Dual Mains supply Problem

Discussion in 'The Projects Forum' started by MAS62, Jan 17, 2010.

  1. MAS62

    Thread Starter New Member

    Jun 29, 2009
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    I am powering some low voltage electronics from the Mains Supply via a transformer. I want redundancy in the supply i.e two sources of mains power (not UPS, they must be two seperately wired supplies) and I want to detect when source#1 has disappeared.

    I have been using a relay to switch between the two sources but get so much kickback from the inductive load that I decided to go solid state.

    So now I'm using triacs to switch source#1 whereas source#2 is permanently connected (both sources are in phase).

    However when I disconnect source#1 I can still measure 240V across the terminals and thus cannot detect that it has failed.

    Why then do the triacs allow source #2 to switch them on?
     
  2. Wendy

    Moderator

    Mar 24, 2008
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    This sounds like you are talking a battery backup, which is the norm. Two diodes will allow the device being power to switch between the two power supplies, and you can trickle charge the battery with a little circuitry.

    Your circuit idea is just plain dangerous. If you must have two AC inputs then use 2 transformers. You have connected two lines that should be isolated (and are for a reason) into a potential dead short. The likely hood of a failure of the triacs is very high, plus what happens when power is returned to the 1st line. Very bad idea. If you need 2 independent power supplies then make or use two independent power supplies.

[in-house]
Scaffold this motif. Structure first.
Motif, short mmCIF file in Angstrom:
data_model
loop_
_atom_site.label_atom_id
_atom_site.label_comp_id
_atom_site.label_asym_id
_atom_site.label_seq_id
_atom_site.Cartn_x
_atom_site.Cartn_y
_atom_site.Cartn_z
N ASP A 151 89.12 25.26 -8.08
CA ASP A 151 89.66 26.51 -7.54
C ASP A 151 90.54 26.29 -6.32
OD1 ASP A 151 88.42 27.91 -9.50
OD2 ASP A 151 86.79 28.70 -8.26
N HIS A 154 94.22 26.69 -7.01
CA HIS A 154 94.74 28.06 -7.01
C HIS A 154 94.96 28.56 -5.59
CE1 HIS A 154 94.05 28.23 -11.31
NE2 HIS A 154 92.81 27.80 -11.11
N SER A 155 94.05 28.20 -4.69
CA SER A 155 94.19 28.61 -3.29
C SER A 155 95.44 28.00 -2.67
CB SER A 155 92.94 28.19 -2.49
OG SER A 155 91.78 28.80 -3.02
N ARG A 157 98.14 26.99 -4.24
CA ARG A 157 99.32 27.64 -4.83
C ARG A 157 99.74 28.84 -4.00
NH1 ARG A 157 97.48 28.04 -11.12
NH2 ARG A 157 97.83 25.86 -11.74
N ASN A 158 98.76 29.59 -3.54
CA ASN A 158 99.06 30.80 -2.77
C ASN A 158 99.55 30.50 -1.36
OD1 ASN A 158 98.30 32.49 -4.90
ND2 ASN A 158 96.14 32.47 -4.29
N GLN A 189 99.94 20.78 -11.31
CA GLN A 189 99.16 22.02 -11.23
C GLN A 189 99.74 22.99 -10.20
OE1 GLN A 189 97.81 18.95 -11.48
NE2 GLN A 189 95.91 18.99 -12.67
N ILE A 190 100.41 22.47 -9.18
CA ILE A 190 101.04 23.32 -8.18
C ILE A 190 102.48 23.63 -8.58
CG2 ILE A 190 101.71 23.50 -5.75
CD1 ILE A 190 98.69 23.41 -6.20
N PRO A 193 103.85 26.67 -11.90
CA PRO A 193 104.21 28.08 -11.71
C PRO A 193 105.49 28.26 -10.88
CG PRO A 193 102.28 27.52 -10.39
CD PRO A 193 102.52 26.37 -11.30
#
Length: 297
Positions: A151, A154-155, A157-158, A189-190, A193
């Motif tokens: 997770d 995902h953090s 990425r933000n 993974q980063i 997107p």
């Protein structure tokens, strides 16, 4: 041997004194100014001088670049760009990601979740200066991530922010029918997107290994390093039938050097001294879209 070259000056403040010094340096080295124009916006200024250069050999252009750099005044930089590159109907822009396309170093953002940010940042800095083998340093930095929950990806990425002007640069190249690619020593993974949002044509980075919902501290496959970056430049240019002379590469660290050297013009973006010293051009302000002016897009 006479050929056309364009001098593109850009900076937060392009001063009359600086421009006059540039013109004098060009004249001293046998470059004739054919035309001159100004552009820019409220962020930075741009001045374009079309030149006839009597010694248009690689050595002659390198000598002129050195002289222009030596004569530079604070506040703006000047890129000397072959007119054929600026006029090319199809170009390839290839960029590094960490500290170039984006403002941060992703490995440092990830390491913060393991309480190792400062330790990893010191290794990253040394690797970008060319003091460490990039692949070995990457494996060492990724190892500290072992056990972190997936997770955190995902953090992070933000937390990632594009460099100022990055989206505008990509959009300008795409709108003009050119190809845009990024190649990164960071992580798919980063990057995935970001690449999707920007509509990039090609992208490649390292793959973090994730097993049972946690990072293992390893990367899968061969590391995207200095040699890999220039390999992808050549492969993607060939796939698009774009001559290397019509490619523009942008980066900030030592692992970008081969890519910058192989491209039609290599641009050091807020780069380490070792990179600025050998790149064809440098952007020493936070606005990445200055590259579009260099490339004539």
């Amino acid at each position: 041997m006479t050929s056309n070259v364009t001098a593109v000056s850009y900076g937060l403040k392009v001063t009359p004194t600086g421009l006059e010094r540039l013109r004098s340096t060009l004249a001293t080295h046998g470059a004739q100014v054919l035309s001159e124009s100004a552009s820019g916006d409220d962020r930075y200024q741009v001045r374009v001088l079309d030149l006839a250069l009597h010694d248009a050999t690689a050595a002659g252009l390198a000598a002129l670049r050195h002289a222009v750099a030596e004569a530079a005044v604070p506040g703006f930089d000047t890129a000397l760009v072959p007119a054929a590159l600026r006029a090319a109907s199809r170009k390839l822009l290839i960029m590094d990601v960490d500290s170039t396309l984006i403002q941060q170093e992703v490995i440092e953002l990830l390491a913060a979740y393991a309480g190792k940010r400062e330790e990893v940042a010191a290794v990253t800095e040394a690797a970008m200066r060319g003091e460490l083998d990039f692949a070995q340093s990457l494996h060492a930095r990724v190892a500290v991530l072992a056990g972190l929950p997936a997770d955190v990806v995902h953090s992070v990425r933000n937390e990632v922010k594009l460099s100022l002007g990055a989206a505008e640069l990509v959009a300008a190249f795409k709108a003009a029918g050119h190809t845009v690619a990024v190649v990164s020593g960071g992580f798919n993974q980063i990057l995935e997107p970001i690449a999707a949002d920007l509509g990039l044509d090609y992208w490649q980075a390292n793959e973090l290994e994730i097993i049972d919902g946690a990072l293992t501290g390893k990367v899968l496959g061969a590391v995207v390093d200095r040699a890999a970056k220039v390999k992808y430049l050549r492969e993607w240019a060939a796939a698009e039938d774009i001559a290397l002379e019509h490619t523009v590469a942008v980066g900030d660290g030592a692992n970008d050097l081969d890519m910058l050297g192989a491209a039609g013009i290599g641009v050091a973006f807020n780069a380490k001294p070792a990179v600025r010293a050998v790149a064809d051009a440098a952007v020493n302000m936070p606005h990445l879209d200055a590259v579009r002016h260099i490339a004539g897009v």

3. MAS62

    Thread Starter New Member

    Jun 29, 2009
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    Bill, a curt reply...I'm asking for help not looking to be told off by someone who doesn't know me from Adam!

    I'm not talking battery backup at all.

    The design has two (fused) independant mains feeds L1-N1 and L2-N2.
    What I really want is to switch from #1 to #2 when #1 fails and then switch off #2 if #1 is restored. I must also detect that #1 has failed to fire up an alarm, for this I need to close a relay contact.

    I'd like the design to be solid state and as a compromise can leave #2 in circuit all the time provided I detect when #1 has failed.

    So, some help please someone, if I knew the answer I wouldn't be asking....
     
  4. SgtWookie

    Expert

    Jul 17, 2007
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    Interesting, because in the States, we have split-phase power.
    The power company provides L1, L2, and Neutral to residences.
    Neutral is the center tap of a 240vac secondary. L1 and L2 are equal in amplitude, but 180° out of phase with each other. At the breaker panel/power distribution panel/fusebox, Neutral is connected to earth ground.

    If someone in the States attempted the schematic you've posted, they would create a dead short between L1 and L2. This is one reason why Bill_Marsden objected to it.